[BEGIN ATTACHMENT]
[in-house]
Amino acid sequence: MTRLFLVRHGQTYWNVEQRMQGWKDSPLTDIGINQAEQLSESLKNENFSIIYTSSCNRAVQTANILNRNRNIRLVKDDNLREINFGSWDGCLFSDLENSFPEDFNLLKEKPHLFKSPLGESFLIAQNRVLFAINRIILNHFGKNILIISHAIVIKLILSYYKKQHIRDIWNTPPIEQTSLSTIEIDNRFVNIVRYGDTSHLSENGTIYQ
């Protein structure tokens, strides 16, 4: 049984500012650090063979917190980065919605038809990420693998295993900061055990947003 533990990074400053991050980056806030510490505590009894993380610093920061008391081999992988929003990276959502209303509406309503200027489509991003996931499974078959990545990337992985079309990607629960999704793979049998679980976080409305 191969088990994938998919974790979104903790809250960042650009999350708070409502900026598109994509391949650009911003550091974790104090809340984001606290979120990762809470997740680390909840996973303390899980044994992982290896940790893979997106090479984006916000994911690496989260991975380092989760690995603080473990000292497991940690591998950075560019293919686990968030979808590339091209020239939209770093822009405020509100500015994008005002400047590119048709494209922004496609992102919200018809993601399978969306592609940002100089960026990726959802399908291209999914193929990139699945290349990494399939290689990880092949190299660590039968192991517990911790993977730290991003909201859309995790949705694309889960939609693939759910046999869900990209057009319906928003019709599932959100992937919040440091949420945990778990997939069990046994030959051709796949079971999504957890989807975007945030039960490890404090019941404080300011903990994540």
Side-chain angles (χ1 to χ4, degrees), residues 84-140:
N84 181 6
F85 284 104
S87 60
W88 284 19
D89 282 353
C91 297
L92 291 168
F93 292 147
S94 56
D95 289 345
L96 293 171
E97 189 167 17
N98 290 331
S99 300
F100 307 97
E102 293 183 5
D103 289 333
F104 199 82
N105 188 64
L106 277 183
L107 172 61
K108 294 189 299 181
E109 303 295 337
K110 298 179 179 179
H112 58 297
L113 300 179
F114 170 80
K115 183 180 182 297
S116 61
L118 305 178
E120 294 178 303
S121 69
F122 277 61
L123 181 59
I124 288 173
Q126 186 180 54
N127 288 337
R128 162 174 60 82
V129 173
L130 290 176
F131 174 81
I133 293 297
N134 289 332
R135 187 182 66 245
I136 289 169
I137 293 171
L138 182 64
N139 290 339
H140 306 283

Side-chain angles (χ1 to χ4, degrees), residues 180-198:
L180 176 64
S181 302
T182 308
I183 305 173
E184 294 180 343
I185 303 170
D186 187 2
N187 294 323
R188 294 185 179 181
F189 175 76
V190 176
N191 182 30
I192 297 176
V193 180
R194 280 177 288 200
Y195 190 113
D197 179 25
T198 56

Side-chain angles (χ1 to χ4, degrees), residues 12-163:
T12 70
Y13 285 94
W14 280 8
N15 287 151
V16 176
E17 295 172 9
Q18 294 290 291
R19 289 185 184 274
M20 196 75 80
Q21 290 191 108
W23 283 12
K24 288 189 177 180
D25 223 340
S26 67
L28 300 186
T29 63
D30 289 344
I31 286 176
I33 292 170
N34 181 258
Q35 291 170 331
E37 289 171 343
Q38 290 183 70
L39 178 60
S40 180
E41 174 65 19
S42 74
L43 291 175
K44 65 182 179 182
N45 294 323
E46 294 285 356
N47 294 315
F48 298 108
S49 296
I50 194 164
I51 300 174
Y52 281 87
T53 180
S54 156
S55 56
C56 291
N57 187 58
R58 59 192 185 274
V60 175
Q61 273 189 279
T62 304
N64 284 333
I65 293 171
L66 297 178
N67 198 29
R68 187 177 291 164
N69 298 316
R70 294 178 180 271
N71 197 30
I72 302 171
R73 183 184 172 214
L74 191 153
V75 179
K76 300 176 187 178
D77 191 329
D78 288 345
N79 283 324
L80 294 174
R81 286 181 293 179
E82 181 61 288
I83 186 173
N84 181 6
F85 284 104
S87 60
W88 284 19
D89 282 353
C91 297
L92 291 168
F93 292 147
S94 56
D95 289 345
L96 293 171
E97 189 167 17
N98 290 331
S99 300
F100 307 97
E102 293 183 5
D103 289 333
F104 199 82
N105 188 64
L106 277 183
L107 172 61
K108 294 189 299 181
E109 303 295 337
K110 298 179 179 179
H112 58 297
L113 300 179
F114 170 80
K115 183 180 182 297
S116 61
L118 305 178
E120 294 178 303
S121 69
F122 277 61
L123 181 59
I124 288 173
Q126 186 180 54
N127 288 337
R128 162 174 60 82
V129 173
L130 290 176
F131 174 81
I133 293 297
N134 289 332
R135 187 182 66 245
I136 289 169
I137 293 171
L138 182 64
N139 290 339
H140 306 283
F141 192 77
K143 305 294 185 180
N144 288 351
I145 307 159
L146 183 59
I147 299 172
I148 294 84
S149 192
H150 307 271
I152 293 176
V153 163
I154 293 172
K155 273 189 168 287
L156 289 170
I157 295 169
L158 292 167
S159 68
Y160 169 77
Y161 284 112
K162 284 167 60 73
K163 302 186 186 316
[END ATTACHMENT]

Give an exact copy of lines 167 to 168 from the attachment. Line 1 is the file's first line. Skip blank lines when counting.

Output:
K115 183 180 182 297
S116 61